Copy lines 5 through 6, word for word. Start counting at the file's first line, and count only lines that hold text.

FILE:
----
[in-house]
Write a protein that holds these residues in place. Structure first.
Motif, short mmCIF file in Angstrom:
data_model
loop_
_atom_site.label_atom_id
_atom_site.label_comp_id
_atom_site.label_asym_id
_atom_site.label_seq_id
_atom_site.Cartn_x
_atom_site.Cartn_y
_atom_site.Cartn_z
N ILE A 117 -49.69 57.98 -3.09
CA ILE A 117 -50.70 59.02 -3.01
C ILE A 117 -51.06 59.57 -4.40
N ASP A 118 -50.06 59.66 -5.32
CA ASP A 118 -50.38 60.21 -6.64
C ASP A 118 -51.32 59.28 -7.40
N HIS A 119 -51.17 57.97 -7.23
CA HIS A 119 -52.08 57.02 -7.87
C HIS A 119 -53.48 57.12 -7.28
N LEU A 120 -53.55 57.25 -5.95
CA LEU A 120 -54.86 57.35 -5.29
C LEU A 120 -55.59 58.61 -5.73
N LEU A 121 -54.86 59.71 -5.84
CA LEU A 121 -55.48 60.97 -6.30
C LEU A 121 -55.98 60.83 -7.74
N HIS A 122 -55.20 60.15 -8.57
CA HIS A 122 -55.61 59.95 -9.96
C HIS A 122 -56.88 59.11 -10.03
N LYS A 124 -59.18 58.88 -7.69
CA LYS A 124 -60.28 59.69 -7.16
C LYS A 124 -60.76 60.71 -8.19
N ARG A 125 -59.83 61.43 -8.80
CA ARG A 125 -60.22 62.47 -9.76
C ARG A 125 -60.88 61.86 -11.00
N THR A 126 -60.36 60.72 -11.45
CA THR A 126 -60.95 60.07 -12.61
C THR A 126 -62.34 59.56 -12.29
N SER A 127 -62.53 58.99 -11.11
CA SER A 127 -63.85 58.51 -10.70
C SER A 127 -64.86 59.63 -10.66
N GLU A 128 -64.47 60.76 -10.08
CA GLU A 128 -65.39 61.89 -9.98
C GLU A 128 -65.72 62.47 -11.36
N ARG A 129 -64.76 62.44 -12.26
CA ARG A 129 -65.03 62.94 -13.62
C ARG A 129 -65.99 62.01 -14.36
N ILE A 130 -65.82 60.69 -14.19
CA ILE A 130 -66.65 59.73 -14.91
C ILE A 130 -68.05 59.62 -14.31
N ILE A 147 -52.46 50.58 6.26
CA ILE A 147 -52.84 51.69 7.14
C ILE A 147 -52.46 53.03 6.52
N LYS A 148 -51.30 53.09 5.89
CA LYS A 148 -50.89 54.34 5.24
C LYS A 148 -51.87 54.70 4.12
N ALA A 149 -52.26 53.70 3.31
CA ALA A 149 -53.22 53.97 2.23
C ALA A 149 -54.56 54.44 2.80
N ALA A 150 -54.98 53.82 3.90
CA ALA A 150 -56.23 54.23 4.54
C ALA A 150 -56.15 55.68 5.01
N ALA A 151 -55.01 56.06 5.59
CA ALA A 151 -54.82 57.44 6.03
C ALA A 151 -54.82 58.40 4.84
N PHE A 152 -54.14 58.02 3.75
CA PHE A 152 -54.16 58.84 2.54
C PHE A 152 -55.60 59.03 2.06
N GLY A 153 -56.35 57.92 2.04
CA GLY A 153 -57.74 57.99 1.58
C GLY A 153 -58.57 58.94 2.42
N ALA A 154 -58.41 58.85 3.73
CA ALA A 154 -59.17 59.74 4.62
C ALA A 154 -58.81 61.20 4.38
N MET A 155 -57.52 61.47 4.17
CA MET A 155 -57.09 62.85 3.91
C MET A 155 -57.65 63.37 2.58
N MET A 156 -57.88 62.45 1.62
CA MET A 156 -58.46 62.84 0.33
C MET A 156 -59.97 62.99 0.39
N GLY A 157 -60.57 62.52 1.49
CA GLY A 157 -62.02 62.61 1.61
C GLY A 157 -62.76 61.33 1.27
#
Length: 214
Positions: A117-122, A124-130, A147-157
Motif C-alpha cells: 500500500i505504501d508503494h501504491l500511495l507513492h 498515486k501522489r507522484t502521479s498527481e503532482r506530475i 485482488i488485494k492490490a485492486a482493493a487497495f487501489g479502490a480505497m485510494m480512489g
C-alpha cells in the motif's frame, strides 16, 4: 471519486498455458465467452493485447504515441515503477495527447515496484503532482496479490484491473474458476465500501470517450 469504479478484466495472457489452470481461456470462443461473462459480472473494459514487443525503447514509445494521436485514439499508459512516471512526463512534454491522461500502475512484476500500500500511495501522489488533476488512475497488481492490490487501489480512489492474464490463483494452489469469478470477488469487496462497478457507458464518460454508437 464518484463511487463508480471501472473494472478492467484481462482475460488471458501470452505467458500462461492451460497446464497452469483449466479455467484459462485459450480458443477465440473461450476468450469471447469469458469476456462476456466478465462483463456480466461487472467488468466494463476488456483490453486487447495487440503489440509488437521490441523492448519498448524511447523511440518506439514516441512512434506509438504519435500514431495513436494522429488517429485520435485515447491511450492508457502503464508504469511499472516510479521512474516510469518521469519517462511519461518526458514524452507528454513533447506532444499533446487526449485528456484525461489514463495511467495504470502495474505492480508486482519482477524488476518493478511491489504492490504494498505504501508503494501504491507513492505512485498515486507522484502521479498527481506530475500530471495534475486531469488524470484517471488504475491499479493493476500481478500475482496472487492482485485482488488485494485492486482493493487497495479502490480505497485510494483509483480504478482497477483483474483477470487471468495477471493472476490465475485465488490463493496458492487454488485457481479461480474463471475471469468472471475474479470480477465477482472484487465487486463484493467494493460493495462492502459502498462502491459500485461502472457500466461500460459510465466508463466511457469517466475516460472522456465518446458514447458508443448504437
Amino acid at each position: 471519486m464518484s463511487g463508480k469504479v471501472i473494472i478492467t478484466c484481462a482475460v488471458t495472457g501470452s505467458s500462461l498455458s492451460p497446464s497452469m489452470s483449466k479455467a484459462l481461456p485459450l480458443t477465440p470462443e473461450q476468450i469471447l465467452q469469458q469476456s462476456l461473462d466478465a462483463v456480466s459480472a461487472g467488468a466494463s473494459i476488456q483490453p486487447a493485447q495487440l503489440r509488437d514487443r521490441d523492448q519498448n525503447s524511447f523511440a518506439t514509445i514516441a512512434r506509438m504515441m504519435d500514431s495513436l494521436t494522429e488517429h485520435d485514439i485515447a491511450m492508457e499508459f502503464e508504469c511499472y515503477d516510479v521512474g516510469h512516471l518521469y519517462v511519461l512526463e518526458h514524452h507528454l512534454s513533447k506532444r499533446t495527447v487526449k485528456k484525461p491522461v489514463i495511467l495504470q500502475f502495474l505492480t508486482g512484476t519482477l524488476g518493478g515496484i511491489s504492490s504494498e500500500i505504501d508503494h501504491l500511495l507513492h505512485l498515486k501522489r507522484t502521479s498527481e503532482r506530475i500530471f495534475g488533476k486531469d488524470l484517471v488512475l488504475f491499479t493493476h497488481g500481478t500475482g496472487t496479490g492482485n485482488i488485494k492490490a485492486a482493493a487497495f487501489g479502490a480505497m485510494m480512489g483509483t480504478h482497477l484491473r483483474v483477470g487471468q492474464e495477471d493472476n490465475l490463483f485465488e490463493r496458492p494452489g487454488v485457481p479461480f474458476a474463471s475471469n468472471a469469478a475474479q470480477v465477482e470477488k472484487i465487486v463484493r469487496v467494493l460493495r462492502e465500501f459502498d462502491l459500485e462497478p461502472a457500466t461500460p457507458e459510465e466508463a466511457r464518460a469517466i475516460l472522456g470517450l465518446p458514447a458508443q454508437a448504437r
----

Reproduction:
loop_
_atom_site.label_atom_id